“Rule Number One: The Customer Is Always Right. Rule Number Two: If The Customer Is Wrong, See Rule #1”. That sign is a staple of virtually every small business in the U. S. A. Recall how many times have you’ve seen it?
This is not a posting disputing that slogan…rather, a question to those business owners and copywriters who actually believe they’re focusing on the customer in their commercial advertisements. Sadly, the ads usually are focused on seller.
Exactly how are you supposed to lure in patrons to prove to them they’re “right” when your advertising gives them no reason to visit you?
I call this the “Waving Our Flag Syndrome”. The biggest offenders of this philosophy are (in no particular order):
- Auto Dealers
- Furniture Stores
- Medical Facilities (usually hospitals)
Of course, there are many more categories of advertisers who unknowingly fall into this trap. Those three immediately jumped to my mind.
Simply put, the “Waving Our Flag Syndrome” means the copywriter(s) – usually someone not skilled in copy-writing – composes a commercial script solely focused on what the business is selling. Instead, the focus of the advertisement should be on the audience.
After all, who is going to hear the commercial and hopefully react to it? Someone who works at the store? Or Suzy Creamcheese driving her minivan down the street with her 2.5 children strapped in the car-seats?
Overuse of personal pronouns. “We”. “Us”. “Our”. For example:
- “We have too many Toyota’s on our lot, and we’ll have to pay tax on them in a week”!
- “Our three-acre showroom is full of sofas that have to be sold now!”
- “We’re the only hospital in Denver with the latest Super-Magnificent Heart-Fixer-Machine-Thingy.”
In the first example, the fact that the car dealer has too many cars on their lot is their problem…not the problem of the consumer. The implication is: you’ll get a great deal because they have to sell the autos.
The second example is very similar to the first, in that the excess inventory is the problem of the business, not the consumer.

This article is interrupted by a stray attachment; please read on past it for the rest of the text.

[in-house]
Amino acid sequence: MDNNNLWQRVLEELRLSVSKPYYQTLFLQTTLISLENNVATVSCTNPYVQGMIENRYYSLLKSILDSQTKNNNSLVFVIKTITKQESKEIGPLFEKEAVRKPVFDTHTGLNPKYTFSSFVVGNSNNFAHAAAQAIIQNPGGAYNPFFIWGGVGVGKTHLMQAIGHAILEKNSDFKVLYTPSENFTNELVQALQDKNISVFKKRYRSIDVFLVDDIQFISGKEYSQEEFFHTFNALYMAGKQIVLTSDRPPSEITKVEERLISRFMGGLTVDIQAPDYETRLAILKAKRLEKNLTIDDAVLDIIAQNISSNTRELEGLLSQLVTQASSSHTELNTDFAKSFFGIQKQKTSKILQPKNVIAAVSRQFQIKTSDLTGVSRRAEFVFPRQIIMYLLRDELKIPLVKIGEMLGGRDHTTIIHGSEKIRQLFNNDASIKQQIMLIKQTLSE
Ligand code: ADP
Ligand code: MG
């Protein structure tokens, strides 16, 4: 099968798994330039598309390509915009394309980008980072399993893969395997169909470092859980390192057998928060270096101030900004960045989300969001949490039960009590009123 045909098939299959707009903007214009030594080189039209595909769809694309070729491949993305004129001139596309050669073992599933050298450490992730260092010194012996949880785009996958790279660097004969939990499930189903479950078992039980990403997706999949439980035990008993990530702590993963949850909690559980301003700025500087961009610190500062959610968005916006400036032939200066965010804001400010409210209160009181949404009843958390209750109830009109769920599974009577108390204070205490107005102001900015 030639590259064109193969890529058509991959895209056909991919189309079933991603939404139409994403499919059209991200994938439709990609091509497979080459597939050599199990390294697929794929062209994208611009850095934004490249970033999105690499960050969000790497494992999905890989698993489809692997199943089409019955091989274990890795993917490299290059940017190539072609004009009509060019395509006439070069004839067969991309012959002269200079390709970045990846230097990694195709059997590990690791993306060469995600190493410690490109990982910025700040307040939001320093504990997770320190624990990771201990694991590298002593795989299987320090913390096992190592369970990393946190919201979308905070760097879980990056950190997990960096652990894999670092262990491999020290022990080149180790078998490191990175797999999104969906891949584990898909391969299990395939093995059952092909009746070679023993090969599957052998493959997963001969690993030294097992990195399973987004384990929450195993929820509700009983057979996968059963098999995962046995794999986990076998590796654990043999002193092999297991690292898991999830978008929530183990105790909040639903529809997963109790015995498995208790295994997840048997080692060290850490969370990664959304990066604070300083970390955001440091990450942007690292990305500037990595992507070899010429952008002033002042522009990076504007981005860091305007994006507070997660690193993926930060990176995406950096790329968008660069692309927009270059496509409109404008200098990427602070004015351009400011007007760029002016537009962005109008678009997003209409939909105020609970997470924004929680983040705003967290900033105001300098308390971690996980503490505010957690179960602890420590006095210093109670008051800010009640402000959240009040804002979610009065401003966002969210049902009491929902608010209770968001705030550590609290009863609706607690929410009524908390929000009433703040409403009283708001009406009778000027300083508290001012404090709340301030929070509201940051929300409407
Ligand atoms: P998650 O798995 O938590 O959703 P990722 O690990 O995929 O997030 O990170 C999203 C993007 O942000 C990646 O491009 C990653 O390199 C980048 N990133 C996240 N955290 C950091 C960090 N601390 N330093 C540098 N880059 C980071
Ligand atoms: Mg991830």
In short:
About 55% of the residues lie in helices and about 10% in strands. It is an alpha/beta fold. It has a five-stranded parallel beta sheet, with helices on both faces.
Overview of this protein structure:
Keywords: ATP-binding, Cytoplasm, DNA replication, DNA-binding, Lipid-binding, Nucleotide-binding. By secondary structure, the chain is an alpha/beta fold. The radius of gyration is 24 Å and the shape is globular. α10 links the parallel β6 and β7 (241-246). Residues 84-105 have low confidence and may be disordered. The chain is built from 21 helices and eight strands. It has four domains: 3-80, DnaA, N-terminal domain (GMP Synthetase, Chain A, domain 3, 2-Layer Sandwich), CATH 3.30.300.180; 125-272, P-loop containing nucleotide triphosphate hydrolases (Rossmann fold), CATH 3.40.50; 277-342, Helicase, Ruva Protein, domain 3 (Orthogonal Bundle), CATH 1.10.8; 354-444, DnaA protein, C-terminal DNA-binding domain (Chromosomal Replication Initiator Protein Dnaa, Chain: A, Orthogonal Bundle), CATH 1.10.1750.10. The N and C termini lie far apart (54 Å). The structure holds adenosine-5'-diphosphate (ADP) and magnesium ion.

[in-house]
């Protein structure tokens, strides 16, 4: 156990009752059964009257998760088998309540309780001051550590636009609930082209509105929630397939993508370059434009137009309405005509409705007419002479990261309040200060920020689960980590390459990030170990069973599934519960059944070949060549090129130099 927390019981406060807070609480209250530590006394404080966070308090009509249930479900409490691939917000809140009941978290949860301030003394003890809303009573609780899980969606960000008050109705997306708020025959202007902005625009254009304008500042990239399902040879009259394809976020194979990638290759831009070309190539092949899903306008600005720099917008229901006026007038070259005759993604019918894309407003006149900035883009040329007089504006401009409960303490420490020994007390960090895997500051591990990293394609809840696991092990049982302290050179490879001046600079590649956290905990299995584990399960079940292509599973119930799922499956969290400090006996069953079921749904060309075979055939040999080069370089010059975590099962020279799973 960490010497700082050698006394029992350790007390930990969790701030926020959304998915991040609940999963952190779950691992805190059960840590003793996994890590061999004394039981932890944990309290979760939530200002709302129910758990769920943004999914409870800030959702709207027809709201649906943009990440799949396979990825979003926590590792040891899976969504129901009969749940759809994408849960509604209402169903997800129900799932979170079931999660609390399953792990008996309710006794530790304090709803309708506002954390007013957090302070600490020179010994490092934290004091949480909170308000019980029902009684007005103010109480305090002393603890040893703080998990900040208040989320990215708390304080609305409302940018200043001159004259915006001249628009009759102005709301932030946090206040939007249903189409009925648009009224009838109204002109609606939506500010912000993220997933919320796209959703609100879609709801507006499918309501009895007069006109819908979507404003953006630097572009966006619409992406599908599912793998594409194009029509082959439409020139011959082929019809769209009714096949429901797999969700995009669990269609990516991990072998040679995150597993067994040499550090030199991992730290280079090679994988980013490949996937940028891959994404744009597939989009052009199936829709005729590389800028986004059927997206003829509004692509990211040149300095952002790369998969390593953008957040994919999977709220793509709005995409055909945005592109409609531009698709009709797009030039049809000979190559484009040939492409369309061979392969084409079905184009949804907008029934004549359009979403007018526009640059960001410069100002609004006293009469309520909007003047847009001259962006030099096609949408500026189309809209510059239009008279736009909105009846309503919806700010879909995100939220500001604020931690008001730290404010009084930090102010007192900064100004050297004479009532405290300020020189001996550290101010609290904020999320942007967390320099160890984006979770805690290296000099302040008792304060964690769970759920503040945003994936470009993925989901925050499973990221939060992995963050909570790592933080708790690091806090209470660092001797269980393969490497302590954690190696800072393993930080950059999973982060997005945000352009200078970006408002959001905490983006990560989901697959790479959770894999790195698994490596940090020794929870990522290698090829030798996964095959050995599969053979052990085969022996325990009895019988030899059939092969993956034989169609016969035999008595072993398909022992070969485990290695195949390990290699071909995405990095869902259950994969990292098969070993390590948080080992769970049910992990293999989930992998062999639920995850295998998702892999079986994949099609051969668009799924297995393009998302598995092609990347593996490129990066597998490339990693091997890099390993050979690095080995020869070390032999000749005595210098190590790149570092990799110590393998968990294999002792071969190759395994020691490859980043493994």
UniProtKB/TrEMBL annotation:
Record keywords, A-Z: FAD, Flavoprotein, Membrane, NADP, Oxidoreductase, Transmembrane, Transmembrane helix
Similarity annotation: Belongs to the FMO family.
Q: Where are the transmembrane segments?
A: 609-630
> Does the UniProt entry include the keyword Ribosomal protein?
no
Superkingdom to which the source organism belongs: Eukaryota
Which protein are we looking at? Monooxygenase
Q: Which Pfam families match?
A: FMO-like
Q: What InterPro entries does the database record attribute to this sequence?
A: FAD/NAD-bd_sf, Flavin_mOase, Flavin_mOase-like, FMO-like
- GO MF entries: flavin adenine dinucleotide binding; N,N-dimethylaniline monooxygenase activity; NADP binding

The third scenario is merely boasting that they have the latest technology. That’s a good thing, but there are far better ways to convey those same messages.
For example #1, the auto dealer, try this approach:
“No matter what your budget is, or the style of auto you’re looking for, Tim Burt Motors is stocked full of mechanic-inspected, pre-owned vehicles just waiting for you to pick one to drive home.”
Here’s how I’d re-write the furniture store ad:
“At Tim Burt’s Furniture Warehouse, you’ll find 263 different sofas every day..from extra-firm to pillow soft. And it’s okay if you want to sit in every single one of ’em.”
As for the medical facility:
“Burt University Medical Hospital has the latest ‘Heart-Machine-Thingy’ that can detect even the slightest abnormality. A quick, painless diagnosis now could help prevent heart disease, or a heart attack later.”
THE NEXT STEP
Re-evaluate all of your advertising. If you’re writing copy that is too personal-pronoun heavy, start over.
This boils down to a couple of simple steps:
- Educating the client that only talking about themselves in their commercials does their business no good.
- It’s about the experience that the audience will have once they are convinced to try your product/good/service. That’s the selling point.
Remember, a good commercial advertisement in any form is about one-to-one communication. When you walk on to a car dealer lot, is the first thing out of a salesperson’s mouth “We have over 300 cars for you to look at!”? Of course not. It’s always “what are you looking for?”
*COMING MONDAY, JUNE 27th* Another “Commercial Fail Bitch-Slap! – (Possibly) The worst shoe store commercial you’ll hear all day.